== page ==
For the first time in our history, watching your favorite content is as easy as it’s ever been. Sitting down to watch a movie can be as simple as opening Netflix on your phone or even renting the video from a service like Amazon Prime or Google Play.
These streaming services have made the process easier, but they’ve also made it a lot more confusing too. With different content, features, and price tags, a lot of people aren’t sure where to begin.
Price: $9 per month for one screen at a time in standard definition, $13 per month for two screens in HD, $16 per month for four screens in 4K Ultra HD (including select titles in high dynamic range (HDR) and Dolby Atmos audio).
Supported devices: Pretty much everything, from gaming consoles to streaming boxes to smart TVs and smartphones. Nearly every device and every app store have a Netflix app, and it’s even a quick key on most modern TV remotes.
Who it’s for: Fans of Netflix’s ever-growing library of original content, past seasons of hit TV shows, and to a lesser extent, popular movies new and old.
We’re starting off with the obvious here. Even if you were living in a cave for the past decade, you probably still had Netflix deliver DVDs to your stone mailbox. Back in 1997, that’s exactly how the company got its start, but it rapidly adapted its business model to focus more on instantly available streaming content. The company has been king of the streaming jungle ever since.
Netflix doesn’t specify the number of movies and shows available in its library beyond just saying that its numbers in the thousands, which is vague but accurate. Netflix has the most robust content library of any streaming service out there, including third-party movies and TV catalogs to go along with an increasingly massive collection of original content. The company spends billions each year to create original shows and movies in an effort to “become HBO before HBO can become us,” according to CEO Reed Hastings, including huge hits like Stranger Things, Orange Is the New Black, House of Cards, and The Witcher.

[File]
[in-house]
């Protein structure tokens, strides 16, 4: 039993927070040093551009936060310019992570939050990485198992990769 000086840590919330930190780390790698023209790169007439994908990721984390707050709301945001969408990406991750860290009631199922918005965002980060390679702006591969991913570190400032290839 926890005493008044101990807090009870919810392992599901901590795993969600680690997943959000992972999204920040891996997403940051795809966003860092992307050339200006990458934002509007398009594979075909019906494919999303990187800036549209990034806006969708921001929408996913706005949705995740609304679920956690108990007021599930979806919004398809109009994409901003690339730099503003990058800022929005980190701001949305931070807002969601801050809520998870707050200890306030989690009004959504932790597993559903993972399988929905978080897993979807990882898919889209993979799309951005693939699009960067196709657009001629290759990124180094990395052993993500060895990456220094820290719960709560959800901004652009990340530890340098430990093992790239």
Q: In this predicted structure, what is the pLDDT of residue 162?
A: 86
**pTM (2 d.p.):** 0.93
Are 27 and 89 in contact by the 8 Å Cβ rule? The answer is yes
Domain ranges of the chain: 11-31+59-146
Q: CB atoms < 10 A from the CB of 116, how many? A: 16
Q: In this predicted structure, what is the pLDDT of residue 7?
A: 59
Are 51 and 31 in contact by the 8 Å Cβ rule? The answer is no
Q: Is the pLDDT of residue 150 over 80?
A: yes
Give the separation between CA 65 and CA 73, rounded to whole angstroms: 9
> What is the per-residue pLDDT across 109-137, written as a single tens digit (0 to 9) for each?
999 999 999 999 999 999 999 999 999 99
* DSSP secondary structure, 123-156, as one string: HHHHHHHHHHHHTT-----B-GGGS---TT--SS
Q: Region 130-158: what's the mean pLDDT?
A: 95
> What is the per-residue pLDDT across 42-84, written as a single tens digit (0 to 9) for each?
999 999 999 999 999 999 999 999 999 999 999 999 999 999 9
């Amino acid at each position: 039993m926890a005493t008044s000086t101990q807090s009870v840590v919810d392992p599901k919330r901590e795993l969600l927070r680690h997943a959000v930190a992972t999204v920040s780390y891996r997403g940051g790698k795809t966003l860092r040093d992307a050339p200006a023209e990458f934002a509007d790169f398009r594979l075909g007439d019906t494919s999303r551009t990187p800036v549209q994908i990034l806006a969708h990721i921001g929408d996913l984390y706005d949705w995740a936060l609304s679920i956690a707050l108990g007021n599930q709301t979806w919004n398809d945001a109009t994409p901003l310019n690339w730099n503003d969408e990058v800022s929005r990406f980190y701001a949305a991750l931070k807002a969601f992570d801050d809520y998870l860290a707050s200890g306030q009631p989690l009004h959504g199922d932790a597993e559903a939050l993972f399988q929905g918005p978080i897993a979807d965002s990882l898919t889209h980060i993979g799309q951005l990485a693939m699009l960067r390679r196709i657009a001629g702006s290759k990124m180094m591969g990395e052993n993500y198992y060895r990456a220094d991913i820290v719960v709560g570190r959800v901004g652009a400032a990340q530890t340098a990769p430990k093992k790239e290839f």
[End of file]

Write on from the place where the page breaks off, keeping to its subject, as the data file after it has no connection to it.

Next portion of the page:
In the future, expect to see that library of original content grow even larger. The company announced in 2018 that it would release about 700 original shows and movies, including returning seasons of some of its biggest hits, so don’t expect to see this strategy changing any time soon.
In addition to adding content, Netflix has also been steadily adding features, with some titles available in 4K, some available with HDR, and a small handful supporting Dolby Atmos. The service has also gotten better for those who frequently watch on the go, with the ability to download select TV shows and movies so you can watch without an internet connection.
Price: $7 per month or $70 per year. Can bundle together with Hulu and ESPN+ for $13 per month.
Supported devices: iOS devices, Apple TV (tvOS), Google Chromecast, Android devices, Android TV, PlayStation 4, Roku, Xbox One, Select Amazon Fire TV devices, LG Smart TVs, Samsung Smart TVs.
Who it’s for: Those who are fans of all things Disney, including Star Wars and Marvel properties, nostalgic Disney classics, and National Geographic content among other things.
Disney+ is one of the newest names in the streaming business, and it’s already solidifying itself as one of the more successful. Considering the pure quantity of content under the Disney umbrella, this isn’t exactly a surprise.
On top of the famous space operas and superhero flicks you know and love, Disney+ has rolled out some impressive original content within those genres.
The Mandalorian, a story about a bounty hunter within the Star Wars universe, has been a well-received success and is already signed on for a second season. An Obi-Wan miniseries and a Rogue One prequel are also in the works. As for Marvel Studios, seven different TV shows (all set within the Marvel Cinematic Universe) are currently planned for the streaming service.
All of Disney’s beloved animated content, from Toy Story to Coco and everything in between, also have a home on the service. Joining them are selections from Disney’s purchase of Fox, like every single episode of The Simpsons, as well as National Geographic documentaries like Free Solo.
The most enticing part of Disney+, however, may just be the formats it supports. The service has a fairly impressive selection of content available in 4k with HDR, as well as select titles with both Dolby Vision and Dolby Atmos. All for $7 a month, a price point that no other service can currently compete with in terms of audio and video quality.
Amazon Prime Video